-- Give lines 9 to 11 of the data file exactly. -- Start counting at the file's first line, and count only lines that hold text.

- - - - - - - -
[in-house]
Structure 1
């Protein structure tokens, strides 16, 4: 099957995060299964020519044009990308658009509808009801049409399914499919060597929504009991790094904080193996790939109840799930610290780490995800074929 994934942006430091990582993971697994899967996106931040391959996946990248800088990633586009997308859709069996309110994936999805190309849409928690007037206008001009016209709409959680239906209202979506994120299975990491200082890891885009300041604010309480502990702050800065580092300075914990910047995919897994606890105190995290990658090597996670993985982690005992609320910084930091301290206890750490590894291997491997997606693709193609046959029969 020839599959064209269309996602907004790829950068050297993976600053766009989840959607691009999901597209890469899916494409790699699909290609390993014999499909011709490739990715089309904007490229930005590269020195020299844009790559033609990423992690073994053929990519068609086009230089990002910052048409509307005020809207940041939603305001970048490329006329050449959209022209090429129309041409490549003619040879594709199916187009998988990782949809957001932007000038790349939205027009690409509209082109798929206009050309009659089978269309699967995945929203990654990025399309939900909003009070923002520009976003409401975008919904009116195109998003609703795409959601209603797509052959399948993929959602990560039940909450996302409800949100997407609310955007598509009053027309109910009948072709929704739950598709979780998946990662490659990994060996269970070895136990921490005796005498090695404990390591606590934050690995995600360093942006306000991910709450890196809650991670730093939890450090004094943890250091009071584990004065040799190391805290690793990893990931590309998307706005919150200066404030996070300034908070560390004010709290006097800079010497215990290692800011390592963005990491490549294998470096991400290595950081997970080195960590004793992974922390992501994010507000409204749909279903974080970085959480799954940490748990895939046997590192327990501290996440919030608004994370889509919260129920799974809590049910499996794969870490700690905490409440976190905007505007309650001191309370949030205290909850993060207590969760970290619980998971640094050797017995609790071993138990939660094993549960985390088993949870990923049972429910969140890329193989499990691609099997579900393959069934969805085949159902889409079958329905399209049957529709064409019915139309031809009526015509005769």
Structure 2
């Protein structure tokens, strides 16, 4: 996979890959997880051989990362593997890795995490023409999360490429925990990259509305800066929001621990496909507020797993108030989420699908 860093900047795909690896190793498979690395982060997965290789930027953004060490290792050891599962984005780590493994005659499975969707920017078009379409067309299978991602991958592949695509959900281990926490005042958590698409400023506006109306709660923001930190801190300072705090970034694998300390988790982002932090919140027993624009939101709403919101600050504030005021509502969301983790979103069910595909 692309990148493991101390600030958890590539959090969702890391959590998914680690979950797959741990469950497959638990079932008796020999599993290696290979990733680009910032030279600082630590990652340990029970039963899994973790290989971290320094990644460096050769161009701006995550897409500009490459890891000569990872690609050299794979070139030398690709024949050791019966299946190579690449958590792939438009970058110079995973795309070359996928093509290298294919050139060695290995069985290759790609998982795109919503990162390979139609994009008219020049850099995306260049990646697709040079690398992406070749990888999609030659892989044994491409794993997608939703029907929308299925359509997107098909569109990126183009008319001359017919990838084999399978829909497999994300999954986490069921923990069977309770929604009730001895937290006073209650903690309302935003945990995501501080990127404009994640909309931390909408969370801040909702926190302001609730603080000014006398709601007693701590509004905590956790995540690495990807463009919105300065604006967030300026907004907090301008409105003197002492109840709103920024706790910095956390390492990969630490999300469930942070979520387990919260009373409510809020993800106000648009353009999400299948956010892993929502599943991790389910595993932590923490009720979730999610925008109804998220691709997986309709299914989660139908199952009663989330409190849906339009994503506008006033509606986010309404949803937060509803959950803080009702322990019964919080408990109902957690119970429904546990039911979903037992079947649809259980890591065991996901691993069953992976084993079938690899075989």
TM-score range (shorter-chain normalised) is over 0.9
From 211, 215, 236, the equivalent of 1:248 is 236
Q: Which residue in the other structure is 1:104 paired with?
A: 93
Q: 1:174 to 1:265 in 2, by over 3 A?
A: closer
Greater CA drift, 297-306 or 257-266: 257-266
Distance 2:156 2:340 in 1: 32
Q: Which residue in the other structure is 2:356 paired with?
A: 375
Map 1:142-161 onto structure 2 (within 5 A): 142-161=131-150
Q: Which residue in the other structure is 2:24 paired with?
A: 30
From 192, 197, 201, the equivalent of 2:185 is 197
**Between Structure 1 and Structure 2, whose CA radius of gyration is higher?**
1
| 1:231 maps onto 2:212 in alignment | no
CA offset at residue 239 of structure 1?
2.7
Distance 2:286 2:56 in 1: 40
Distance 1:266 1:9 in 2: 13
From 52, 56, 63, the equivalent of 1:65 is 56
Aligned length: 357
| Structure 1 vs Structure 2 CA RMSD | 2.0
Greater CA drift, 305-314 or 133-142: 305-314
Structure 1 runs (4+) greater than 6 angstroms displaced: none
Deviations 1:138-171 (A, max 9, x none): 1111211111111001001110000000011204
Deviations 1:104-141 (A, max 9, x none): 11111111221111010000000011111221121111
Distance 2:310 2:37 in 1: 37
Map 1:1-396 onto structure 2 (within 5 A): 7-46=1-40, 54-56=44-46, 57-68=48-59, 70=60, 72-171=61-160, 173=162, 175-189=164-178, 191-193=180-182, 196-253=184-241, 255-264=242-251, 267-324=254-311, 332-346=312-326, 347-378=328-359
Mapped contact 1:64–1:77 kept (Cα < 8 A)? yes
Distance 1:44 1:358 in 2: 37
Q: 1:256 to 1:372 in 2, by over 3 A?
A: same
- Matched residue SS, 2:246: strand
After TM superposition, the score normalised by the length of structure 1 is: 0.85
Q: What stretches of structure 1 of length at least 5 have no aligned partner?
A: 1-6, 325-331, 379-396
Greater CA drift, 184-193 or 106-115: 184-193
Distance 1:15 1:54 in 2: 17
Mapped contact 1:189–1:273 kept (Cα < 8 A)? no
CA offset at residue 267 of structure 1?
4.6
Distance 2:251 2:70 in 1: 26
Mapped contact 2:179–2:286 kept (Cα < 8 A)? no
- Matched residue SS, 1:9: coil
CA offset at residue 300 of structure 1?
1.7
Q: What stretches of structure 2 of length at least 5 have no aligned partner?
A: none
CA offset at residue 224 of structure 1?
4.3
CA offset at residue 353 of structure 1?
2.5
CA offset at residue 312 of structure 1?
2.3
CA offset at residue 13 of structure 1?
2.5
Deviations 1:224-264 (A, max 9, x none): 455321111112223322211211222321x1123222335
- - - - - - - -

A: 93
Q: 1:174 to 1:265 in 2, by over 3 A?
A: closer